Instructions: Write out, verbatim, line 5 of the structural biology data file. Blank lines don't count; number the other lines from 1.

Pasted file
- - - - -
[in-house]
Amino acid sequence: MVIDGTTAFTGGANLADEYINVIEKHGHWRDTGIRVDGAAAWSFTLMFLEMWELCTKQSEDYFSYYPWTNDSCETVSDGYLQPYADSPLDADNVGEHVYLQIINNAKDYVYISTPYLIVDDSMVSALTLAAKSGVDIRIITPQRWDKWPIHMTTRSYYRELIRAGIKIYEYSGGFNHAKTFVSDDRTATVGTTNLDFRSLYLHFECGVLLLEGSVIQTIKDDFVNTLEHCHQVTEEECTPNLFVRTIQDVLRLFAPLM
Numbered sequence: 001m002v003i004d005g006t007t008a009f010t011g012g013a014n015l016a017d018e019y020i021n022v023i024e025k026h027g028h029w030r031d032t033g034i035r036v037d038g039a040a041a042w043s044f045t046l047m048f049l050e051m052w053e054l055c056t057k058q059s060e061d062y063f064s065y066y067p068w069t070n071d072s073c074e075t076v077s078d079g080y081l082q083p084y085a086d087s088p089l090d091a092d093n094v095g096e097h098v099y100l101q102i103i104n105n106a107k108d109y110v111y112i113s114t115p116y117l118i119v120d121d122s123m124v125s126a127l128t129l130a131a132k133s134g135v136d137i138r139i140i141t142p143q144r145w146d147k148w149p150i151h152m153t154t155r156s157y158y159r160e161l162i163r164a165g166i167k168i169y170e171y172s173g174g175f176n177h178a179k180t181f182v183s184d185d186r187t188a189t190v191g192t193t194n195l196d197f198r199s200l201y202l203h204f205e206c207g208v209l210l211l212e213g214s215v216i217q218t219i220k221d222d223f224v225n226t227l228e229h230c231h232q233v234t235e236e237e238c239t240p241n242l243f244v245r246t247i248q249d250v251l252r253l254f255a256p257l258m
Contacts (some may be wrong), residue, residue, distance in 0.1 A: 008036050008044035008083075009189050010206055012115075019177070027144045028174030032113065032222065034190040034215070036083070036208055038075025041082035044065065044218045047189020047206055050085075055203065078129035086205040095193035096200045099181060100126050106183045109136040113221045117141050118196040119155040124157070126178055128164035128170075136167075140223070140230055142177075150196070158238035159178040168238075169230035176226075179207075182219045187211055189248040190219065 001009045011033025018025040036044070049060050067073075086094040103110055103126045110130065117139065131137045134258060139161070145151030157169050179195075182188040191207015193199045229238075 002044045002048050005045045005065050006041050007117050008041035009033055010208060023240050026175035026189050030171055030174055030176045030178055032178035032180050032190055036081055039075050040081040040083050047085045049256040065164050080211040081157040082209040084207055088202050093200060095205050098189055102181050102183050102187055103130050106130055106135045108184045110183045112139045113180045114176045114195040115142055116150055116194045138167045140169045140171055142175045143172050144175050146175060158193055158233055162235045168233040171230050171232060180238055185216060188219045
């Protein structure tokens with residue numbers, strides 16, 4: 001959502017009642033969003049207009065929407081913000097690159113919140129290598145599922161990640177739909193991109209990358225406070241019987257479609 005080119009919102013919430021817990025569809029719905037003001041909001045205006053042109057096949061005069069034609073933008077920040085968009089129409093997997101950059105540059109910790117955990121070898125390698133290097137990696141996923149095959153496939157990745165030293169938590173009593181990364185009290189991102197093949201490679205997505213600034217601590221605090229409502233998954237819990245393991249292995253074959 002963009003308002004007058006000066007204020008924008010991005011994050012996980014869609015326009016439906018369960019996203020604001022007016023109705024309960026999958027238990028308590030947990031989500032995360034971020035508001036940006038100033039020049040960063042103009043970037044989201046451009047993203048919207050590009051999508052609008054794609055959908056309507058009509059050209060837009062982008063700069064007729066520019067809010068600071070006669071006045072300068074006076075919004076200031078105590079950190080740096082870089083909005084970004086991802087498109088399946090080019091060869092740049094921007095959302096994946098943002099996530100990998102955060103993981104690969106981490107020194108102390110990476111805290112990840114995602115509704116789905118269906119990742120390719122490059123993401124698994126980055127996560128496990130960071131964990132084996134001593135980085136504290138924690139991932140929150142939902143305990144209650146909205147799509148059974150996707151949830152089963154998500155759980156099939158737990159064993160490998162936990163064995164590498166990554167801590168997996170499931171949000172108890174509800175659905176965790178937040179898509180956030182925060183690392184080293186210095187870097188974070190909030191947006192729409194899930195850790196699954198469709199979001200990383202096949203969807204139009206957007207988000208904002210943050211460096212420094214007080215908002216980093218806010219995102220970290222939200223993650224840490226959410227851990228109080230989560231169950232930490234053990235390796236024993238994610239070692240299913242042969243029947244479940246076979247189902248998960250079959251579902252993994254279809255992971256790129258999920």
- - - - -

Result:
């Protein structure tokens with residue numbers, strides 16, 4: 001959502017009642033969003049207009065929407081913000097690159113919140129290598145599922161990640177739909193991109209990358225406070241019987257479609 005080119009919102013919430021817990025569809029719905037003001041909001045205006053042109057096949061005069069034609073933008077920040085968009089129409093997997101950059105540059109910790117955990121070898125390698133290097137990696141996923149095959153496939157990745165030293169938590173009593181990364185009290189991102197093949201490679205997505213600034217601590221605090229409502233998954237819990245393991249292995253074959 002963009003308002004007058006000066007204020008924008010991005011994050012996980014869609015326009016439906018369960019996203020604001022007016023109705024309960026999958027238990028308590030947990031989500032995360034971020035508001036940006038100033039020049040960063042103009043970037044989201046451009047993203048919207050590009051999508052609008054794609055959908056309507058009509059050209060837009062982008063700069064007729066520019067809010068600071070006669071006045072300068074006076075919004076200031078105590079950190080740096082870089083909005084970004086991802087498109088399946090080019091060869092740049094921007095959302096994946098943002099996530100990998102955060103993981104690969106981490107020194108102390110990476111805290112990840114995602115509704116789905118269906119990742120390719122490059123993401124698994126980055127996560128496990130960071131964990132084996134001593135980085136504290138924690139991932140929150142939902143305990144209650146909205147799509148059974150996707151949830152089963154998500155759980156099939158737990159064993160490998162936990163064995164590498166990554167801590168997996170499931171949000172108890174509800175659905176965790178937040179898509180956030182925060183690392184080293186210095187870097188974070190909030191947006192729409194899930195850790196699954198469709199979001200990383202096949203969807204139009206957007207988000208904002210943050211460096212420094214007080215908002216980093218806010219995102220970290222939200223993650224840490226959410227851990228109080230989560231169950232930490234053990235390796236024993238994610239070692240299913242042969243029947244479940246076979247189902248998960250079959251579902252993994254279809255992971256790129258999920």